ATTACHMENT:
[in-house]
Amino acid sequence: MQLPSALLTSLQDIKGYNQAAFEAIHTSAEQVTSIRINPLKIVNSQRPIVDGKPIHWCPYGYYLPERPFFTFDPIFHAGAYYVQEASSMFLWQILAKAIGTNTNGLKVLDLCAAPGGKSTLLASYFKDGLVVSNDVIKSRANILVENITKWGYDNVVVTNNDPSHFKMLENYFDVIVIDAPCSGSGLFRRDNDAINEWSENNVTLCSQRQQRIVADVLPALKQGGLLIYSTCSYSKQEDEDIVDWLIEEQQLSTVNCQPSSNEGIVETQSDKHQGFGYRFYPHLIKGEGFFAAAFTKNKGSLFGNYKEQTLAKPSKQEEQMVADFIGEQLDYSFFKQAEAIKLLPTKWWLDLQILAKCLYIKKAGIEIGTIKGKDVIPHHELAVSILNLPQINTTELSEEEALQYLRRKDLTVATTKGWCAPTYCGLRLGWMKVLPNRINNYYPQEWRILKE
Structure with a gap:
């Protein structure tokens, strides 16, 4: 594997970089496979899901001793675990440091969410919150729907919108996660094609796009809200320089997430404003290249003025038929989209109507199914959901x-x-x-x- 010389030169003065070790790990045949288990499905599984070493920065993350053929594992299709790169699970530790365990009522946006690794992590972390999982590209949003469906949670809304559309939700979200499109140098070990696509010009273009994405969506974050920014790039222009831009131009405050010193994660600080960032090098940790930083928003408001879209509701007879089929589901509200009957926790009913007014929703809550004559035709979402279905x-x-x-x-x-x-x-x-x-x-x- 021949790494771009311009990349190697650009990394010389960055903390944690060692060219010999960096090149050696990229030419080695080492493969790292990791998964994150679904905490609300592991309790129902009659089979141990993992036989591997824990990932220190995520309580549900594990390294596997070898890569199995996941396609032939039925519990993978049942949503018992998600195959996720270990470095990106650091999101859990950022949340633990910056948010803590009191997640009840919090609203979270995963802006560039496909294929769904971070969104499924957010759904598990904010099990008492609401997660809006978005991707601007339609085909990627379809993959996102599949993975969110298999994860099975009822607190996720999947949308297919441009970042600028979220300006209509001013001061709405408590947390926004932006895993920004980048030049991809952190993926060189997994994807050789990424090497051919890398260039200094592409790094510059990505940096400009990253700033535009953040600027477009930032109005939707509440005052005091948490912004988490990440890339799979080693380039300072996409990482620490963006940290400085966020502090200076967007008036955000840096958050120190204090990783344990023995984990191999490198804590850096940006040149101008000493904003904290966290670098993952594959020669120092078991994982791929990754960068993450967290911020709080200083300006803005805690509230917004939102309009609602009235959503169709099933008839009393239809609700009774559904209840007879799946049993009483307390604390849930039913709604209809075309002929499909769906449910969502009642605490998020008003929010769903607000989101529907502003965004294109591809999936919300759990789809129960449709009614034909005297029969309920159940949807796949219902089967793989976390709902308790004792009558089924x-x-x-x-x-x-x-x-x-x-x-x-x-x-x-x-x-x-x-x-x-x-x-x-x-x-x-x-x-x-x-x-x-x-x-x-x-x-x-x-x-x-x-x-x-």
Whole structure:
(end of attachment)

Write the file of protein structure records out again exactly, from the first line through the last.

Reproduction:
[in-house]
Amino acid sequence: MQLPSALLTSLQDIKGYNQAAFEAIHTSAEQVTSIRINPLKIVNSQRPIVDGKPIHWCPYGYYLPERPFFTFDPIFHAGAYYVQEASSMFLWQILAKAIGTNTNGLKVLDLCAAPGGKSTLLASYFKDGLVVSNDVIKSRANILVENITKWGYDNVVVTNNDPSHFKMLENYFDVIVIDAPCSGSGLFRRDNDAINEWSENNVTLCSQRQQRIVADVLPALKQGGLLIYSTCSYSKQEDEDIVDWLIEEQQLSTVNCQPSSNEGIVETQSDKHQGFGYRFYPHLIKGEGFFAAAFTKNKGSLFGNYKEQTLAKPSKQEEQMVADFIGEQLDYSFFKQAEAIKLLPTKWWLDLQILAKCLYIKKAGIEIGTIKGKDVIPHHELAVSILNLPQINTTELSEEEALQYLRRKDLTVATTKGWCAPTYCGLRLGWMKVLPNRINNYYPQEWRILKE
Structure with a gap:
């Protein structure tokens, strides 16, 4: 594997970089496979899901001793675990440091969410919150729907919108996660094609796009809200320089997430404003290249003025038929989209109507199914959901x-x-x-x- 010389030169003065070790790990045949288990499905599984070493920065993350053929594992299709790169699970530790365990009522946006690794992590972390999982590209949003469906949670809304559309939700979200499109140098070990696509010009273009994405969506974050920014790039222009831009131009405050010193994660600080960032090098940790930083928003408001879209509701007879089929589901509200009957926790009913007014929703809550004559035709979402279905x-x-x-x-x-x-x-x-x-x-x- 021949790494771009311009990349190697650009990394010389960055903390944690060692060219010999960096090149050696990229030419080695080492493969790292990791998964994150679904905490609300592991309790129902009659089979141990993992036989591997824990990932220190995520309580549900594990390294596997070898890569199995996941396609032939039925519990993978049942949503018992998600195959996720270990470095990106650091999101859990950022949340633990910056948010803590009191997640009840919090609203979270995963802006560039496909294929769904971070969104499924957010759904598990904010099990008492609401997660809006978005991707601007339609085909990627379809993959996102599949993975969110298999994860099975009822607190996720999947949308297919441009970042600028979220300006209509001013001061709405408590947390926004932006895993920004980048030049991809952190993926060189997994994807050789990424090497051919890398260039200094592409790094510059990505940096400009990253700033535009953040600027477009930032109005939707509440005052005091948490912004988490990440890339799979080693380039300072996409990482620490963006940290400085966020502090200076967007008036955000840096958050120190204090990783344990023995984990191999490198804590850096940006040149101008000493904003904290966290670098993952594959020669120092078991994982791929990754960068993450967290911020709080200083300006803005805690509230917004939102309009609602009235959503169709099933008839009393239809609700009774559904209840007879799946049993009483307390604390849930039913709604209809075309002929499909769906449910969502009642605490998020008003929010769903607000989101529907502003965004294109591809999936919300759990789809129960449709009614034909005297029969309920159940949807796949219902089967793989976390709902308790004792009558089924x-x-x-x-x-x-x-x-x-x-x-x-x-x-x-x-x-x-x-x-x-x-x-x-x-x-x-x-x-x-x-x-x-x-x-x-x-x-x-x-x-x-x-x-x-």
Whole structure: